It is possible, after all, to be too pert. Wes Anderson’s best films, from The Royal Tenenbaums to The Grand Budapest Hotel, have an undercurrent of deep feeling, a tugging human story at work beneath their drollery and exquisite artifice. The French Dispatch, his most consummately stylised work yet, does not.
Anderson has often started his films with an imaginary book, launching a world from a text. The French Dispatch, though, faithfully transfers a whole issue of an invented magazine, its contents an obituary, a travel guide and three feature articles. The French Dispatch of the Liberty, Kansas Evening Sun is the dreamy creation of its editor, Arthur Howitzer Jr (Bill Murray). Produced from the French provincial city of Ennui-sur-Blasé (Angoulême in real life), it’s a romanticisation of the New Yorker in its heyday, the film being dedicated to the publication’s greatest writers and editors. But those days are already past. As the movie opens, Arthur has been found dead in his office, leaving instructions that the magazine is to be dismantled after his death. So we are invited to feel a kind of pre-emptive nostalgia for what we are about to see: the final, ideal issue.
First up there’s a portrait of Ennui-sur-Blasé itself by the cycling reporter Herbsaint Sazerac (Anderson stalwart Owen Wilson) – a prize anthology of gamey French curios, from pickpockets to pissoirs, that also serves as a homage to Jacques Tati.
Then comes an art story, “The Concrete Masterpiece” by the critic JKL Berensen (Tilda Swinton), delivered as a lecture. Homicidal maniac Moses Rosenthaler (bearded, growling Benicio del Toro), serving 50 years in the local prison for sawing off the heads of two men, is discovered to be a genius artist by art dealer Julian Cadazio (Adrien Brody), himself serving time for tax evasion. The dealer parlays a single picture into a huge art-market boom, while Moses paints his prison muse, guard Simone (Léa Seydoux), who obligingly poses for him in the nude. But the unveiling of his prison masterpiece goes badly wrong.
[See also: Denis Villeneuve’s Dune is a coming-of-age space epic]
“Revisions to a Manifesto” is a burlesque take on France’s period of civil unrest during May 1968. Solitary writer Lucinda Krementz (Frances McDormand), modelled on Mavis Gallant, embeds herself with the revolting students. She seduces their pretty, naive leader Zeffirelli (Timothée Chalamet), not only reporting on him and his friends but officiously revising his manifesto while actually between the sheets, to the annoyance of his would-be girlfriend Juliette (Lyna Khoudri). Anderson fondly pastiches Godard and Truffaut and the pop songs of the period – but this is a pretty twee revolution. Its slogan? “Les enfants sont grognons” (“The kids are grumpy”).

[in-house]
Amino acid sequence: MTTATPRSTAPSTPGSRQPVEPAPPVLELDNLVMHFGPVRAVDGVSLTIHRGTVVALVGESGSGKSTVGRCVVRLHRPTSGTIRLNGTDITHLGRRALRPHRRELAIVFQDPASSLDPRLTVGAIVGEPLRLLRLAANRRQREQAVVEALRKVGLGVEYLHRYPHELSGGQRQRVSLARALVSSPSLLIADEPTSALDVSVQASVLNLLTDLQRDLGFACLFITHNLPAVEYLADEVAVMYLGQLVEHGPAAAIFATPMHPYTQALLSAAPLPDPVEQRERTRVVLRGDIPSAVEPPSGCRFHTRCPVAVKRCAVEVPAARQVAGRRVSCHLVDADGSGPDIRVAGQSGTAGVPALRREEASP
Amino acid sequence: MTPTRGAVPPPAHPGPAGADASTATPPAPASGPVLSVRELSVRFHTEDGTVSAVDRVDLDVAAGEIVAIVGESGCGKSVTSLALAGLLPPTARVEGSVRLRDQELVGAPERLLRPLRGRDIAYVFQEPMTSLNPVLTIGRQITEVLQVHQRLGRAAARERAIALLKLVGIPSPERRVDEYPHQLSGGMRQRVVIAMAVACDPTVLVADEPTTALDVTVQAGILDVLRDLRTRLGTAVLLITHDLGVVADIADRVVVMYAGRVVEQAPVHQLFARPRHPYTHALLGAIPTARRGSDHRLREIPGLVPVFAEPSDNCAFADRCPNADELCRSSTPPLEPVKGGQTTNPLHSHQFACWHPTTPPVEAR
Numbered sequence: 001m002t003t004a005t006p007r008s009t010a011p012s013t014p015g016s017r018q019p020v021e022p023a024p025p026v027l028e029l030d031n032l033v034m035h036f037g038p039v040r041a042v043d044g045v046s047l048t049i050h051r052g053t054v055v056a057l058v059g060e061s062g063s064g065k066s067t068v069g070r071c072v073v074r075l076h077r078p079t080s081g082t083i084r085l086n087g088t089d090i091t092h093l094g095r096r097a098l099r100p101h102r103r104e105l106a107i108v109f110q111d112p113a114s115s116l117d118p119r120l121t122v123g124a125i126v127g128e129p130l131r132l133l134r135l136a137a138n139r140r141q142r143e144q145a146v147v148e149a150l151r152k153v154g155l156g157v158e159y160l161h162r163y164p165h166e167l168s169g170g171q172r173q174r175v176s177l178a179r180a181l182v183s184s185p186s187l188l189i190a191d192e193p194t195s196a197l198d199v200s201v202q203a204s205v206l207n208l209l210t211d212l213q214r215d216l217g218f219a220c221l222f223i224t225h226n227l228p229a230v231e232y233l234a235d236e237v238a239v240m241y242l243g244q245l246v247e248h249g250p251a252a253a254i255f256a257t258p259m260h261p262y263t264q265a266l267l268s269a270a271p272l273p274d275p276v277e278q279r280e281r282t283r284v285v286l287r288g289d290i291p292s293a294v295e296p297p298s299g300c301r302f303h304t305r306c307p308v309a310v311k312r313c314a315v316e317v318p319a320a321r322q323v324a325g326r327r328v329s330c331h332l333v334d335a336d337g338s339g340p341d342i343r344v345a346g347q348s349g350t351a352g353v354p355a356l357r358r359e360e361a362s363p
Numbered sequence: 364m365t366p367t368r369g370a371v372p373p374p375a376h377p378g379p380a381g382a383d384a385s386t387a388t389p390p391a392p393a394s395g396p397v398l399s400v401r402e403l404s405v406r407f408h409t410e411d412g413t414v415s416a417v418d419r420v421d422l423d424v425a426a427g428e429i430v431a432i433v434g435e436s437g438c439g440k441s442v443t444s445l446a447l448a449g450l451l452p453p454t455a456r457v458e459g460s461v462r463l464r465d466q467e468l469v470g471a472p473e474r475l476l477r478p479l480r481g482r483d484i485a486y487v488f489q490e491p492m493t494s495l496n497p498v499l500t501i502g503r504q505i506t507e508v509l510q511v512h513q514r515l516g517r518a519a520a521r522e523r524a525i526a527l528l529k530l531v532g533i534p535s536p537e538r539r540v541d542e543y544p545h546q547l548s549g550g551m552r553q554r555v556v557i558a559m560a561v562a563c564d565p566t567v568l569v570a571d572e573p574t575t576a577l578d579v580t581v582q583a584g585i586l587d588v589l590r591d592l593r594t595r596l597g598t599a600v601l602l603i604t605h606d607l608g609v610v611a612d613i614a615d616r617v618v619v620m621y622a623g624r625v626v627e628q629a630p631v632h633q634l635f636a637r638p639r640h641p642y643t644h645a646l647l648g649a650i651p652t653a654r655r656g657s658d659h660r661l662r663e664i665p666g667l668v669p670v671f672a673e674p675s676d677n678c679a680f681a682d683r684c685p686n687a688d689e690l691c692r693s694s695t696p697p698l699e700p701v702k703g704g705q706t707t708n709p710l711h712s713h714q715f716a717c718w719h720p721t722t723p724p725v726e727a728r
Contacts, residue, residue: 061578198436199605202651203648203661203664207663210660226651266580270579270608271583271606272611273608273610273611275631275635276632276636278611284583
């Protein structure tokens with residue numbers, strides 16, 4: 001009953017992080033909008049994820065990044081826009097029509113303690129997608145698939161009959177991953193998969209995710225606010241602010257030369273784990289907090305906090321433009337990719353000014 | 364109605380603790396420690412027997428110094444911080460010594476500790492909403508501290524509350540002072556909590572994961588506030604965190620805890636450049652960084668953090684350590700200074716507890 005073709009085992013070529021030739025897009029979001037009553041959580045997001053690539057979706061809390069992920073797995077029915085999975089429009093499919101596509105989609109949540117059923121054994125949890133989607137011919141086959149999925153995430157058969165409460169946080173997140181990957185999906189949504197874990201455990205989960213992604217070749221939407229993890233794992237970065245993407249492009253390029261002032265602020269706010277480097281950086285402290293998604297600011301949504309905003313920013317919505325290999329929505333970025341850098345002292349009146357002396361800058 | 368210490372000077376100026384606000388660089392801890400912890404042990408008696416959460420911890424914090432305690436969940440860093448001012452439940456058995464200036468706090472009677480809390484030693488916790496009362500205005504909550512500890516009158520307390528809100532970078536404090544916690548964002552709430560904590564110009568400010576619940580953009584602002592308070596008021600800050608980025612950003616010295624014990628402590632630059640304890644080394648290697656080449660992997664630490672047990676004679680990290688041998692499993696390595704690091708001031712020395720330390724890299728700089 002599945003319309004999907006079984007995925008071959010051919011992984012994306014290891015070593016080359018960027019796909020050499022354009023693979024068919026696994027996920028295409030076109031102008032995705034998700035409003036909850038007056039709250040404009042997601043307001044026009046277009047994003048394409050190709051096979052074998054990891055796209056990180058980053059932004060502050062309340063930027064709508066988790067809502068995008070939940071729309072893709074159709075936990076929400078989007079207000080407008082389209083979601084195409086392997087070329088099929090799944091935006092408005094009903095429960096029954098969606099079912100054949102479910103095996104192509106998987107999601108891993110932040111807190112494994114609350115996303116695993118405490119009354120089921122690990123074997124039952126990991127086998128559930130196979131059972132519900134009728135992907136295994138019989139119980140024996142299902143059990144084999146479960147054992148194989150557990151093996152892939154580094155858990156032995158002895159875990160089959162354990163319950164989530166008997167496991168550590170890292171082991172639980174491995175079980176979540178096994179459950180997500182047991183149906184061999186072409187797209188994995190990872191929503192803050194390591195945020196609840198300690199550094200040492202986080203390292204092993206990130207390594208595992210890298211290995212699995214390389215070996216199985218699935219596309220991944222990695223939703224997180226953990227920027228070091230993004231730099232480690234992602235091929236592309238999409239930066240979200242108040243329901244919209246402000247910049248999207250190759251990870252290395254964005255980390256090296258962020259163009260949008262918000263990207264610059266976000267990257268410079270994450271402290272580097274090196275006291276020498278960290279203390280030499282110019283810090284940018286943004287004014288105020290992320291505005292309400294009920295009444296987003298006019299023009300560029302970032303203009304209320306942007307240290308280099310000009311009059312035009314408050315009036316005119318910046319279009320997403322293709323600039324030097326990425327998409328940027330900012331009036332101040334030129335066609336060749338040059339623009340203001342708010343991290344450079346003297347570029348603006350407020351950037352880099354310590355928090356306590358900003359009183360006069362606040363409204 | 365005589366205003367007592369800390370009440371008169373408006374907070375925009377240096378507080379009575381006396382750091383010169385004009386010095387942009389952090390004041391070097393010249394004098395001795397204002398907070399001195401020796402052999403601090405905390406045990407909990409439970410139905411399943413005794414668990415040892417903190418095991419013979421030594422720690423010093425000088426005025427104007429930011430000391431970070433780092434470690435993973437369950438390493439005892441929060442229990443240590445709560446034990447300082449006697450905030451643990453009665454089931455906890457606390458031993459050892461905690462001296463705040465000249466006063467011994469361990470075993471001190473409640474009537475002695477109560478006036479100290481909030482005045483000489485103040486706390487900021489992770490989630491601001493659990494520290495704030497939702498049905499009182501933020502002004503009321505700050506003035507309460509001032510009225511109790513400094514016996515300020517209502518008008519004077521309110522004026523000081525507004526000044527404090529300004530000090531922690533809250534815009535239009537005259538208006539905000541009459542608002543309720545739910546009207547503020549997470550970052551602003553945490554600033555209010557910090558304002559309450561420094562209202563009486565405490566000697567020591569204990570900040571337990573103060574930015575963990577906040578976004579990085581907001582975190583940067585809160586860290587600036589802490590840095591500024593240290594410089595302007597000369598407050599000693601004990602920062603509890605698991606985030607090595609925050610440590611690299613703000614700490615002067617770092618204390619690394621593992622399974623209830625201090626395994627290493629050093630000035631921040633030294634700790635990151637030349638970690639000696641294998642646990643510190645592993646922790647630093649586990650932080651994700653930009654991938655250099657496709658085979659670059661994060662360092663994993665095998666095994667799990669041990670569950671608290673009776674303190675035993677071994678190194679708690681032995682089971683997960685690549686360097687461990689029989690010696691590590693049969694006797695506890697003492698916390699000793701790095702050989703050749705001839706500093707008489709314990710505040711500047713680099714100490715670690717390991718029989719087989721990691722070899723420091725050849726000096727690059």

Lastly, there’s an intricately framed yarn, “The Private Dining Room of the Police Commissioner”. Writer Roebuck Wright (Jeffrey Wright), a James Baldwin lookalike with perfect recall of every word of every article he has ever published, relates the time a planned foodie piece changed into a wild adventure when the son of the gastronome Commissaire (Mathieu Amalric) was kidnapped by a gang led by “The Chauffeur” (Edward Norton) and only saved by a self-sacrificing intervention, with a poisoned radish pie, by the legendary chef Nescaffier (Stephen Park).
Wes Anderson’s love of making everything look like a puppet show, a stage set, a scale model, a clockwork treat, a diorama, a cabinet of highly curated curiosities, has completely run away with him this time and, partly because it has this episodic structure, there’s no emotional depth at all. Though it is incredibly intricate, inventive, and impossibly accomplished – constantly a treat for the eye with its switches of style, knowing allusions, perfect symmetries and rectilinear compositions, with a stellar cast cropping up in tiny cameos, and another parping score from Alexandre Desplat – it even becomes, sorry to say, a bit boring.
All the actors speak and move in that highly stylised, detached deadpan way Anderson specifies (only Frances McDormand seems to have any interiority) and there is no invitation to care for any of them. In his earlier films, there’s always been a sense of pain, a fear of the broken, under the capering (brilliantly identified by the author Michael Chabon as “the yearning for childhood’s lost perfect world”). Not here.
Arthur Howitzer’s two precepts as an editor are “Just try to make it sound as though you wrote it that way on purpose” and “No crying”. The French Dispatch, overdetermined and unaffecting, observes them sedulously.
“The French Dispatch” is in cinemas from 22 October
This article appears in the 20 Oct 2021 issue of the New Statesman, Twilight of the West